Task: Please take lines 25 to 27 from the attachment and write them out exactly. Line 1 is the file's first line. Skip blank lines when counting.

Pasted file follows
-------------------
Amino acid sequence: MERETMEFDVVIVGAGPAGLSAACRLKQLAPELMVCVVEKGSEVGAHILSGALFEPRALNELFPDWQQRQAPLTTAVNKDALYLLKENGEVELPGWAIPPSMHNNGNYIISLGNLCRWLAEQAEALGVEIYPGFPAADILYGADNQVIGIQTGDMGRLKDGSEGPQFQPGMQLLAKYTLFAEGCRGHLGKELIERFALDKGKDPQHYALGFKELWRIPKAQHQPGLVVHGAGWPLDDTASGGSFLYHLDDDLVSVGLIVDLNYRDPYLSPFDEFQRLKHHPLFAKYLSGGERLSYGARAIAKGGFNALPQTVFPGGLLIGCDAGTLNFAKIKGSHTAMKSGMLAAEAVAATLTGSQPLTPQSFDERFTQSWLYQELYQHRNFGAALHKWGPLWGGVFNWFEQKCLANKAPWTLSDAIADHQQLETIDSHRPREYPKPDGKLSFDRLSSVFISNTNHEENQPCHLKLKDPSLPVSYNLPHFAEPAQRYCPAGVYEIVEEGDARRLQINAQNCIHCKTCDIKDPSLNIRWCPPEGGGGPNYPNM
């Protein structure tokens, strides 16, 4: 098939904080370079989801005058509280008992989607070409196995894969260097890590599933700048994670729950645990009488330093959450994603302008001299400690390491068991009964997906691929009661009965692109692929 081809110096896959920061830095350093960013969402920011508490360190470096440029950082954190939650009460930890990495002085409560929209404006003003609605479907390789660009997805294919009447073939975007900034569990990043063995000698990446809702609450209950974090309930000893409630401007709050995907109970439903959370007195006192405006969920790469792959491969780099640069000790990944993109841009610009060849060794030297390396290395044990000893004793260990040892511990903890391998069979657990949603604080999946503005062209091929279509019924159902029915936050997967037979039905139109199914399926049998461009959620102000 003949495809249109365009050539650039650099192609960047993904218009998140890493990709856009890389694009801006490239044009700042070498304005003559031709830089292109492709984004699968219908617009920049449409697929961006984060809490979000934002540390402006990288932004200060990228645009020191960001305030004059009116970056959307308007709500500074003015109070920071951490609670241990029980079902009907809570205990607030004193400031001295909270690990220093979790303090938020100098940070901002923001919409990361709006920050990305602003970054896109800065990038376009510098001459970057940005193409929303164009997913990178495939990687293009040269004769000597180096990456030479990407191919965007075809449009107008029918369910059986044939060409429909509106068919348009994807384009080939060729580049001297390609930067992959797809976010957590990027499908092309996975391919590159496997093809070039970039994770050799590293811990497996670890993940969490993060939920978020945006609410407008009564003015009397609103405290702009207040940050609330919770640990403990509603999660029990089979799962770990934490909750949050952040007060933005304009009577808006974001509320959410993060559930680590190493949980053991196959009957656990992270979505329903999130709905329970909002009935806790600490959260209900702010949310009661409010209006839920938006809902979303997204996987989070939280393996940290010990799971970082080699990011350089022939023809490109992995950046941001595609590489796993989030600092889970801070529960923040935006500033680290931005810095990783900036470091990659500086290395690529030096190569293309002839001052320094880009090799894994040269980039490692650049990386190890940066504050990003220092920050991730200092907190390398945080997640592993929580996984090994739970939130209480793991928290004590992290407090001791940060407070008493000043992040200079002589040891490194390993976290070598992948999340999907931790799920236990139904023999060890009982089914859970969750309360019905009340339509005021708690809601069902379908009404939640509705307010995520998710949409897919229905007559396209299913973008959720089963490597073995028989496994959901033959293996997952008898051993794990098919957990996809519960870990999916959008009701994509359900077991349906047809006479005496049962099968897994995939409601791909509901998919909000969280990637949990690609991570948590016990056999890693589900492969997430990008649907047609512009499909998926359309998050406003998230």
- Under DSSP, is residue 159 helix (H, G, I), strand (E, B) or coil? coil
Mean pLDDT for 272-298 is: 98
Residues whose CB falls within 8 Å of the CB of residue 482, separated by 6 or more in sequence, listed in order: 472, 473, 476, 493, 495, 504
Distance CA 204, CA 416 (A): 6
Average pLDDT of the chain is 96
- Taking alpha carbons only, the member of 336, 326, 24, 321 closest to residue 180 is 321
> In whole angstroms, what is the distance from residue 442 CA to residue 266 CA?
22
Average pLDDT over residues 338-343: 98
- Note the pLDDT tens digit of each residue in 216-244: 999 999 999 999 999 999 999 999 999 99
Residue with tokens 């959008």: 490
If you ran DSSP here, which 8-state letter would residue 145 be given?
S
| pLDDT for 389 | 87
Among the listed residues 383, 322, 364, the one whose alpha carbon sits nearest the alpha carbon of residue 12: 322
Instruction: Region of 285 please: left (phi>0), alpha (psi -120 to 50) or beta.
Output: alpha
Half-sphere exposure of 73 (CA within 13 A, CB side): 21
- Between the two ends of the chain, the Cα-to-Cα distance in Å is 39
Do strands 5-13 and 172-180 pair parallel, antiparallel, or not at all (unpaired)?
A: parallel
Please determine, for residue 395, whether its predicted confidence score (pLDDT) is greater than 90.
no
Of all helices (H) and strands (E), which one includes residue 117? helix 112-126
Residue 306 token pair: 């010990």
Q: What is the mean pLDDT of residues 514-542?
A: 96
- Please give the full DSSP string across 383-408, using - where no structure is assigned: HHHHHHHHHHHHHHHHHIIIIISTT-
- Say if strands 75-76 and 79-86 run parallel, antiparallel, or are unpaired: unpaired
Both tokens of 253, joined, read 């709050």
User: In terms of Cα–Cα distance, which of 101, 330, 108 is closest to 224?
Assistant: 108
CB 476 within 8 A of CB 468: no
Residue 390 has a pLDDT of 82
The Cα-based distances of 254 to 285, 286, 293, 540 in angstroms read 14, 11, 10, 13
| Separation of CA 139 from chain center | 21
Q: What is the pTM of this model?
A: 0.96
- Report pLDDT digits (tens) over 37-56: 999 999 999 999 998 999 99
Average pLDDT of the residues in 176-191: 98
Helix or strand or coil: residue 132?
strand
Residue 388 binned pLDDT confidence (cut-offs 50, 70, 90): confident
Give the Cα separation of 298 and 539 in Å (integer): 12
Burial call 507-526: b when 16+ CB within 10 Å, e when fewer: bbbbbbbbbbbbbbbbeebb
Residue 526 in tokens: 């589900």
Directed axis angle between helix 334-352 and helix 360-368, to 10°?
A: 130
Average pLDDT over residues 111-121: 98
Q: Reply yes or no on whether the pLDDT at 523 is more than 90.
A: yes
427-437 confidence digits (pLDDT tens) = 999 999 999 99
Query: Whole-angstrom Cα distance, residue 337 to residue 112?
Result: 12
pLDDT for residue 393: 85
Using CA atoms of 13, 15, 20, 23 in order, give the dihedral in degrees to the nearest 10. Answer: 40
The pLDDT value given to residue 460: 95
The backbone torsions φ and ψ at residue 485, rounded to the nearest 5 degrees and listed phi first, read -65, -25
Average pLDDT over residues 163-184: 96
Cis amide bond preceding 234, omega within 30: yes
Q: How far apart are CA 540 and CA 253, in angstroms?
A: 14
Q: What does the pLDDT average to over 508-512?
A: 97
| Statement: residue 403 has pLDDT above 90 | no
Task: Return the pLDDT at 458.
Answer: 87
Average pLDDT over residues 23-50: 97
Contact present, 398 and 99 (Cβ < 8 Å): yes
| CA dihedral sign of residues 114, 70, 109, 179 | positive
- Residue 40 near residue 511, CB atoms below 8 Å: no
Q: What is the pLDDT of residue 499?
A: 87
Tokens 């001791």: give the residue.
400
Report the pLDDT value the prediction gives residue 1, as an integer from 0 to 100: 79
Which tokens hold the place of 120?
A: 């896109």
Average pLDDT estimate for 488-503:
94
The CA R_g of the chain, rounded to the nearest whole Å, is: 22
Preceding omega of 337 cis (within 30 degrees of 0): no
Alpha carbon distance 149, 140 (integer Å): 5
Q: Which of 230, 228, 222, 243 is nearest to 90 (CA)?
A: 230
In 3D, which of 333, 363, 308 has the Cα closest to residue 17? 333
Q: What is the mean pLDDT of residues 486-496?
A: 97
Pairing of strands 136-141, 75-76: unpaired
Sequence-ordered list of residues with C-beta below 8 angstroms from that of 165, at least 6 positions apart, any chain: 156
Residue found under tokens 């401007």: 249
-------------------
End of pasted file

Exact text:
no
Of all helices (H) and strands (E), which one includes residue 117? helix 112-126
Residue 306 token pair: 């010990």